A widowed mommy vlogger with a sunny, go-getter disposition. A sophisticated, sharp-tongued workaholic mother who does not suffer fools gladly. Neither young woman may be quite what she seems, and a sudden disappearance causes a seismic shift in both their destinies. A jaunty mystery and tart black comedy in one, "A Simple Favor" keeps its twists coming, some more plausible than others but all working in the shadow of a wickedly naughty grin. Adapting from Darcey Bell's 2017 novel, director Paul Feig (2016's "Ghostbusters
") and screenwriter Jessica Sharzer (2016's "Nerve
") take the essence of their source material while making it their own. As for leads Anna Kendrick (2017's "Pitch Perfect 3
") and Blake Lively (2016's "The Shallows"), they are terrific, bringing mordant zest and gravitas to their respective roles.
Stephanie Smothers (Anna Kendrick) is the kind of over-achieving mom who has to be talked down from volunteering for every parental duty on son Miles' (Joshua Satine) elementary classroom event sign-up sheet. Emily Nelson (Blake Lively), the chic director of public relations for fashion designer Dennis Nylon (Rupert Friend), is not. They are starkly different parents and people, but become unlikely friends after meeting during their children's afterschool playdate. When Emily must work late one day, she asks a simple favor of Stephanie: pick up son Nicky (Ian Ho) and watch him for the evening. Two days later, Emily still hasn't returned, and no onenot Emily's husband Sean Townsend (Henry Golding), in London caring for his ailing mother, and not Dennis Nylon himselfhas any idea where she is. As the police get involved and an investigation into Emily's disappearance begins, Stephanie finds herself drawing closer to Sean while finding a personal flair for amateur sleuthing. In light of media attention over the case, her mommy vlog goes viral.
It would be easy to compare "A Simple Favor" to other recent films based on popular, female-driven literary thrillers2014's "Gone Girl
" and 2016's "The Girl on the Train
" instantly come to mindand, indeed, there are stylistic parallels in their whodunit, howdunit, and whydunit destinations. What keeps this particular picture fresh is its tricky, tongue-in-cheek tone, one which treats its story seriously but has a sense of fun and humor to offset the grimmer corners of the narrative. Sometimes it's funny, sometimes it wavers into camp, sometimes (particularly in the third act, which deviates significantly from the novel) it threatens to go a step too far into over-the-top goofiness, but it all, finally, comes together into a cohesive, bitingly entertaining whole.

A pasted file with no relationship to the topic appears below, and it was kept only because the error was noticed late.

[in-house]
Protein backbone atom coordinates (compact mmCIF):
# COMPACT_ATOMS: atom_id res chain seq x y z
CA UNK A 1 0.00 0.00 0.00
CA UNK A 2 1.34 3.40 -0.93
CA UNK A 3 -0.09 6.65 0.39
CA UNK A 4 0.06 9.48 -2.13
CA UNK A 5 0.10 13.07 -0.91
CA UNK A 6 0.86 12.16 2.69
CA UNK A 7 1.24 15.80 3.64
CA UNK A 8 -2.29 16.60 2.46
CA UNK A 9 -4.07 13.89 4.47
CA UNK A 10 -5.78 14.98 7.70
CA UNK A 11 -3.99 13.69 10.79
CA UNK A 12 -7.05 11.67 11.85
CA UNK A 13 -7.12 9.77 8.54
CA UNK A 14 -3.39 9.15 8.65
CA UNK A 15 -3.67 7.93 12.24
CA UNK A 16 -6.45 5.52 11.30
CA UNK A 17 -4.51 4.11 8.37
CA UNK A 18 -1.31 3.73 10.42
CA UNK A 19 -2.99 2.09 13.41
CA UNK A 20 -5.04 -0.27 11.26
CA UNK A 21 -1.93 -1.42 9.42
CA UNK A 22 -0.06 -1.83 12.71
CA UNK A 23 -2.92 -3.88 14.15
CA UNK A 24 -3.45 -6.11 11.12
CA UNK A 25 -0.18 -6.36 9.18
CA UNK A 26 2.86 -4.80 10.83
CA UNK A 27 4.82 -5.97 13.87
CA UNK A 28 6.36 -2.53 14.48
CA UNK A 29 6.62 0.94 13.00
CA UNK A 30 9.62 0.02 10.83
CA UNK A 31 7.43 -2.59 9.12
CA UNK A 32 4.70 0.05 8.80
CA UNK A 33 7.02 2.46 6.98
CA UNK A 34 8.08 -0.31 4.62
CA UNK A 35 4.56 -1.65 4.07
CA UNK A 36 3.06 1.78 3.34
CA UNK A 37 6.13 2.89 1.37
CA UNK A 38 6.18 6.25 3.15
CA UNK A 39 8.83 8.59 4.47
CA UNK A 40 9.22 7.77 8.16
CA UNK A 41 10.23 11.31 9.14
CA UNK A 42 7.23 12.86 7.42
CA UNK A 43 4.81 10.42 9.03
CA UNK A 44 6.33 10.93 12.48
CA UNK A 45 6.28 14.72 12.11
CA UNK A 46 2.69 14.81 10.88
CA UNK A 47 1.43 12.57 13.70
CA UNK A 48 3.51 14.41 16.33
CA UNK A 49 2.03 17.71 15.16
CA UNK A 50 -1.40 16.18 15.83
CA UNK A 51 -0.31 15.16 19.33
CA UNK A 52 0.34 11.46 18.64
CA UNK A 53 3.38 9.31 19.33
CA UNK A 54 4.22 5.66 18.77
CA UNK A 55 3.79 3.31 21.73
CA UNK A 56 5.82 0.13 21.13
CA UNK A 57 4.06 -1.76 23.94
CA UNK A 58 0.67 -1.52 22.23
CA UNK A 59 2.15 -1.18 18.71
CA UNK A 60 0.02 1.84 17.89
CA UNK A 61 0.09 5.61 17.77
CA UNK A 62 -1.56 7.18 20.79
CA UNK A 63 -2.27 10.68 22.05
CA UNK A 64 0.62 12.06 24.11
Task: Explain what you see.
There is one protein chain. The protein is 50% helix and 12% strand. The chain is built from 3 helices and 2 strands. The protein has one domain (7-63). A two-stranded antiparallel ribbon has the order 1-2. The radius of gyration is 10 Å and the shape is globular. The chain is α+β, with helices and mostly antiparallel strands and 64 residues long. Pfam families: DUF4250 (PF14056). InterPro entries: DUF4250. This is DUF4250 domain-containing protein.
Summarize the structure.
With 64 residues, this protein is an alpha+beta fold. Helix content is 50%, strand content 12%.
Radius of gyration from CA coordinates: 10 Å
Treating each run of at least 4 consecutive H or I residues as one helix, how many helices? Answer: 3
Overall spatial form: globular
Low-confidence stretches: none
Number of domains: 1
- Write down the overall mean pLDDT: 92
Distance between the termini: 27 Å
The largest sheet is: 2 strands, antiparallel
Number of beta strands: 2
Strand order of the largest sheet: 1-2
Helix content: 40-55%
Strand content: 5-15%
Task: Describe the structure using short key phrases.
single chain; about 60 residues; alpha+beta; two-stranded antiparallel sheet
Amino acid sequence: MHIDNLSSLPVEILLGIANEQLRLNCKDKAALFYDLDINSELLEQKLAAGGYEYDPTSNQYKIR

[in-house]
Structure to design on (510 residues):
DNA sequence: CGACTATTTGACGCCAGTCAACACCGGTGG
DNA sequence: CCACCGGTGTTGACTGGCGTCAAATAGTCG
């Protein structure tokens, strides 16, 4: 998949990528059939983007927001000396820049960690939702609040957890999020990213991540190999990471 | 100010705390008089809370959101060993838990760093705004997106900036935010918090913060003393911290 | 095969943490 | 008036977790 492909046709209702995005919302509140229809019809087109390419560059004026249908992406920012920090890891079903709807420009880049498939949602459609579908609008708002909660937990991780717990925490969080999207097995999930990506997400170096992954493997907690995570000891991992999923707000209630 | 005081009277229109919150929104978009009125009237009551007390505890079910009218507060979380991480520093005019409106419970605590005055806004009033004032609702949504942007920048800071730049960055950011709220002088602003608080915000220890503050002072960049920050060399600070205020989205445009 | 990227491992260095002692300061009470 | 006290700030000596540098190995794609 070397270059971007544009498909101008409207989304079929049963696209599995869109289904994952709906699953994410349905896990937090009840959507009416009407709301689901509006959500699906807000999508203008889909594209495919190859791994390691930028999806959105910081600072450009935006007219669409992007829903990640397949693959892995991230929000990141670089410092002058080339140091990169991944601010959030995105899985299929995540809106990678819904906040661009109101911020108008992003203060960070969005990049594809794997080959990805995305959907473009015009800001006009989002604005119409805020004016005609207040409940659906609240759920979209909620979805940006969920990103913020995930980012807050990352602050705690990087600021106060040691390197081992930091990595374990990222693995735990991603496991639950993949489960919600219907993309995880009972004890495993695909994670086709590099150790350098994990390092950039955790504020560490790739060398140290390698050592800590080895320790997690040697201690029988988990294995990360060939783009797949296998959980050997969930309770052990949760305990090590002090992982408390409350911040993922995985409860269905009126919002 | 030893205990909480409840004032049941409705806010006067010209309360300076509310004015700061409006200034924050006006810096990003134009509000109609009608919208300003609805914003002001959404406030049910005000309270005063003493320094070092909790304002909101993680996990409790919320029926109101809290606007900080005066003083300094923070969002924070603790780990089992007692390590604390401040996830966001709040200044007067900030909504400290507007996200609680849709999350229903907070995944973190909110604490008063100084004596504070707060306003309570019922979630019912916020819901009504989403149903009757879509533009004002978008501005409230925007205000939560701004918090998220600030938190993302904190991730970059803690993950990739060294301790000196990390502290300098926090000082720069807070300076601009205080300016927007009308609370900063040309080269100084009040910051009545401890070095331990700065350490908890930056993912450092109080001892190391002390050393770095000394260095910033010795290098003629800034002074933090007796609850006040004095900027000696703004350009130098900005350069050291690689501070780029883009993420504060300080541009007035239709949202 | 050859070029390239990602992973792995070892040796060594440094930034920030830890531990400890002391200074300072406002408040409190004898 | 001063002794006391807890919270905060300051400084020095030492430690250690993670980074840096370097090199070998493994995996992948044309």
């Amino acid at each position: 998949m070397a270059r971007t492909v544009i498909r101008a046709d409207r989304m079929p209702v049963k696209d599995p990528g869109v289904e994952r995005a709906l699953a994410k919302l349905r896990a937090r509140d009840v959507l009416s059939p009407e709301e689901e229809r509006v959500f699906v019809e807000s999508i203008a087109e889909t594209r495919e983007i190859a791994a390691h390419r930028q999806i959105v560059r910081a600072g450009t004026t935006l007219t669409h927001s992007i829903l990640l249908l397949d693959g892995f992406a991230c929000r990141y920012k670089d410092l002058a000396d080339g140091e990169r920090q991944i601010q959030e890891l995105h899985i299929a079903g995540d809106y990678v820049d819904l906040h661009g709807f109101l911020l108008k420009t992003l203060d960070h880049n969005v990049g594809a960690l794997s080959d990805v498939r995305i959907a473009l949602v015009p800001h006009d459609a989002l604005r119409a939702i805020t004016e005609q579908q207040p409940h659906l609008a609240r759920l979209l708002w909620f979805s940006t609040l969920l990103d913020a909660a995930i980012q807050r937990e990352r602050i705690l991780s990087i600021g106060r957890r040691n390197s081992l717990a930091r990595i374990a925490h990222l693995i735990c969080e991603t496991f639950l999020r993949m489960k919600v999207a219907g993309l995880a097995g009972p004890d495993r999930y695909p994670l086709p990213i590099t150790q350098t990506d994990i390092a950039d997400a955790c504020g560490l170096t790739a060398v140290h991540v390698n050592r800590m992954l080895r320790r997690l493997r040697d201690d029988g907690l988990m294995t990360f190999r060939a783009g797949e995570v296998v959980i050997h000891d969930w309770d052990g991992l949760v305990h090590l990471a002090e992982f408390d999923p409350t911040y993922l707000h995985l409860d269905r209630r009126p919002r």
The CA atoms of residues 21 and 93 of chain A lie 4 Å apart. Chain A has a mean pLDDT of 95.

Anna Kendrick (2017's "Pitch Perfect 3
") and Blake Lively (2016's "The Shallows
") are dynamite, the disparity between their parts adding to the appeal in seeing their barbed, emotionally candid interplay. Kendrick has fun toying with Stephanie's cheerful, girl-scout façade, the shameful secrets she's been holding onto finally coming to light once Lively's Emily is finished luring them out of her. Stephanie is a good person pulled into morally sticky situations after Emily goes missing, but she's not a pushover; a scene where she channels Emily's brutally honest energy while paying a visit to the ego-centric Dennis Nylon is delicious. There is another savvy moment, wonderfully played by Kendrick, where an increasingly paranoid Stephanie senses similarities with Henri-Georges Clouzot's classic 1955 thriller "Diabolique" and questions if she might be the victim of gaslighting.
Lively is every bit Kendrick's match as Emily, a woman who can be warm one second and prickly the next, the scope of her complicated character coming gradually to light once her haunting memory is all which remains. The supporting castHenry Golding (2018's "Crazy Rich Asians"), as Emily's college professor husband Sean; Andrew Rannells (2015's "The Intern
"), as gossipy fellow parent Darren; Linda Cardellini (2015's "Avengers: Age of Ultron
"), as hard-edged New York artist Diana; and Jean Smart (2016's "The Accountant
"), as Emily's estranged mother Margaretare appropriately colorful, but this is Kendrick and Lively's show through and through.
"A Simple Favor" is a slick, visually dynamic true-crime treat, cinematographer John Schwartzman's (2018's "Fifty Shades Freed
") lensing as glossy and off-center as Stephanie and Emily's lives. There are also tinges of whimsy (the umbrella blowing randomly across a rainy street as Emily makes her grand, slow-motion entrance is an amusing touch), turning what could have potentially been a semi-derivative thriller into a succulently dark suburban fable. Cunningly structured, the film is most of all a showcase for two memorable lead characters, both complex women and both so much more than mothers, who learn in the most forebodingly serendipitous manner possible what they are made of. "A Simple Favor" isn't so simple at all, and that's the key to its mischievously layered pleasures.